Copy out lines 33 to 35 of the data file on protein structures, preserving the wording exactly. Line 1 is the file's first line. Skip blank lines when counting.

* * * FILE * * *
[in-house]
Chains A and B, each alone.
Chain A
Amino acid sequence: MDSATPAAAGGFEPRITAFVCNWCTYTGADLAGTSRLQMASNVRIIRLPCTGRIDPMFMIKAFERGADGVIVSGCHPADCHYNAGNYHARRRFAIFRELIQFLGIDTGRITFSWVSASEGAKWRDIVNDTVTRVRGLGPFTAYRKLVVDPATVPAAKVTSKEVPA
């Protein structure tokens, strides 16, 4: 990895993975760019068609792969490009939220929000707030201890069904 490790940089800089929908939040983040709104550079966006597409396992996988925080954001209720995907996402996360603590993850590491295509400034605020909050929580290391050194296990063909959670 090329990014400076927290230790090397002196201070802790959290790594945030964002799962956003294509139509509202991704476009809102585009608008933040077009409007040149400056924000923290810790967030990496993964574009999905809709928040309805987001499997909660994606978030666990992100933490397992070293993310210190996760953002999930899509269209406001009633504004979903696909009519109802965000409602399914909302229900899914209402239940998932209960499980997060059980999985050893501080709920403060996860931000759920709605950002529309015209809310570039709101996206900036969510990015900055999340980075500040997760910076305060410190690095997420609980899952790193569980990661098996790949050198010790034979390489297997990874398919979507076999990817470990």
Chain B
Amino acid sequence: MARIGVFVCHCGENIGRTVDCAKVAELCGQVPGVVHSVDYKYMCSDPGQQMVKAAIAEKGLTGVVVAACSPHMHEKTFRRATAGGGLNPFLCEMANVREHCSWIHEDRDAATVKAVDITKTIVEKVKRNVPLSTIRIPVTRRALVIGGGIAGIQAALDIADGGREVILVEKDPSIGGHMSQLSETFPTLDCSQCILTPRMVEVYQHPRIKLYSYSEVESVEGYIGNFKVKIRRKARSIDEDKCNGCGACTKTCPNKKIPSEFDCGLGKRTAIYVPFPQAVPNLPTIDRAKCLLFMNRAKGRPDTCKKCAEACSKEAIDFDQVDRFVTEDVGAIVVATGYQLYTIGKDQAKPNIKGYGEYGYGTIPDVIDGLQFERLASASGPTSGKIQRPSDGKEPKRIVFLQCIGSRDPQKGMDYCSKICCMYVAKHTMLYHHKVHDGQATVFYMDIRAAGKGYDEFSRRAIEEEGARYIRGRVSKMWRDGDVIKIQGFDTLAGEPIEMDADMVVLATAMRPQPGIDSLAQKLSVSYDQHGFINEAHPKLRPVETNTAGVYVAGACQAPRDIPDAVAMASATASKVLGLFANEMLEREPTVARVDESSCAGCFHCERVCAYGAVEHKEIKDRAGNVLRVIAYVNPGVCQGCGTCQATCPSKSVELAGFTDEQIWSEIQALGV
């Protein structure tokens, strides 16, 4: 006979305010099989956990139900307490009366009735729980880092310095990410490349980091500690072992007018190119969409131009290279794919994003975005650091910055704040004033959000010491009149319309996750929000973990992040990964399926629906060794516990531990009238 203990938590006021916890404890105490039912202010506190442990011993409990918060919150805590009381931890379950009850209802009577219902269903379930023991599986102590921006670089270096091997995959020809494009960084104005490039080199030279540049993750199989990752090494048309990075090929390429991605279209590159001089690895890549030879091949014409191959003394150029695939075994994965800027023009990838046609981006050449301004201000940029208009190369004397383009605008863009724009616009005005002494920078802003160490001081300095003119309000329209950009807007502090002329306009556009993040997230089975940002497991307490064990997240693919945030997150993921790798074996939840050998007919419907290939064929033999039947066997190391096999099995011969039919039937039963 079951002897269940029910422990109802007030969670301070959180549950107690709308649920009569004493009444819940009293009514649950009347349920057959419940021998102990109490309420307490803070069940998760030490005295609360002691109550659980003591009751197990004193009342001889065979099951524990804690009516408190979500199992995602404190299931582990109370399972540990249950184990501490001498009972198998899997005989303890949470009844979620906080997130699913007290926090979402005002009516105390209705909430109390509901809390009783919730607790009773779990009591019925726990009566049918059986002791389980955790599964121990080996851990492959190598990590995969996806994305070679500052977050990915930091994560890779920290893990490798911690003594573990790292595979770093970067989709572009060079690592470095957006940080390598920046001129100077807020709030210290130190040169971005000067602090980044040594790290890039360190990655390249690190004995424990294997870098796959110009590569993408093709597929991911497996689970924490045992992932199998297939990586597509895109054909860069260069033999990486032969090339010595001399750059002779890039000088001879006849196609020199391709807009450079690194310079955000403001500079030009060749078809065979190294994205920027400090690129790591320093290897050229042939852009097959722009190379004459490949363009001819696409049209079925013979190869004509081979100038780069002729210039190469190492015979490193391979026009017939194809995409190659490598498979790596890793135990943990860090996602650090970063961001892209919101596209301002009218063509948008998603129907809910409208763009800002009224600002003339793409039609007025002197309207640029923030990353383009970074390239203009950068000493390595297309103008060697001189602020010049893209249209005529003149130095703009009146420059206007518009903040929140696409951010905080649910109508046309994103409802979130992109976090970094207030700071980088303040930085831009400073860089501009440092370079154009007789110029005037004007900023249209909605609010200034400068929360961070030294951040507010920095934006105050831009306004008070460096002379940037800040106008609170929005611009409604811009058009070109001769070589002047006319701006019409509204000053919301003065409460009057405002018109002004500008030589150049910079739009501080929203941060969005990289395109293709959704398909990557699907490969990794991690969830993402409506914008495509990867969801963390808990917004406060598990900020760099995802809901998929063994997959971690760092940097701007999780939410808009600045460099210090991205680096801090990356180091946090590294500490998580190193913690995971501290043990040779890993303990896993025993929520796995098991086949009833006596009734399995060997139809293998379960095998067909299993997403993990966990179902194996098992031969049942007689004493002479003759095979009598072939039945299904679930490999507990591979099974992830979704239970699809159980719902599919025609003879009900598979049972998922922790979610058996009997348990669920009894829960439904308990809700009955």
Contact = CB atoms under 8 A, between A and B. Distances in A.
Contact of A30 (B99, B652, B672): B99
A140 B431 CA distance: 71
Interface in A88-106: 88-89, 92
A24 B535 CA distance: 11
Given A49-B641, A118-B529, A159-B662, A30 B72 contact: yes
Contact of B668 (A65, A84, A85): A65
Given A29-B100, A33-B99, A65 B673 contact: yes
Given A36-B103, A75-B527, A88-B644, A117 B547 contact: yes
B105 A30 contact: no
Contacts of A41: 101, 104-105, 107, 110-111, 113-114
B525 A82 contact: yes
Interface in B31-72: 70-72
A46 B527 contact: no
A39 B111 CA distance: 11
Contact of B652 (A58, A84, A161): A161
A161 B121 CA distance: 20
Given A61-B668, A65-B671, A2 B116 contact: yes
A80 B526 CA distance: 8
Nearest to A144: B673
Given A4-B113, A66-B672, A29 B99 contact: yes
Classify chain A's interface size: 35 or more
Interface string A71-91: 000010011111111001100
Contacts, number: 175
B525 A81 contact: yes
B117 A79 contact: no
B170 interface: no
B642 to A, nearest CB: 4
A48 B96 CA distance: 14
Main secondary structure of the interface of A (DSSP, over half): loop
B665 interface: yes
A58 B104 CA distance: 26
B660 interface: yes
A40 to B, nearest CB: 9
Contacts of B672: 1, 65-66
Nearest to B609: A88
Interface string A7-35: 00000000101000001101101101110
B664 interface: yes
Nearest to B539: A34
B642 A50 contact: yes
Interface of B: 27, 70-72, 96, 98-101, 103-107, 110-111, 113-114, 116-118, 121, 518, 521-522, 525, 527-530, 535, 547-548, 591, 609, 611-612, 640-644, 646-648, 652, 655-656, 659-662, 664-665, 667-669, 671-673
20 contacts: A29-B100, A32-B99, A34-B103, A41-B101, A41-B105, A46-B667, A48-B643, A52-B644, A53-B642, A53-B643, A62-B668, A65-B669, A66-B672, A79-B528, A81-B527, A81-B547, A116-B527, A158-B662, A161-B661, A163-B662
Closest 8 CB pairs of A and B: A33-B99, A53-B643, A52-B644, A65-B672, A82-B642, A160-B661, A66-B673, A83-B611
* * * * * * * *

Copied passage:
B525 A81 contact: yes
B117 A79 contact: no
B170 interface: no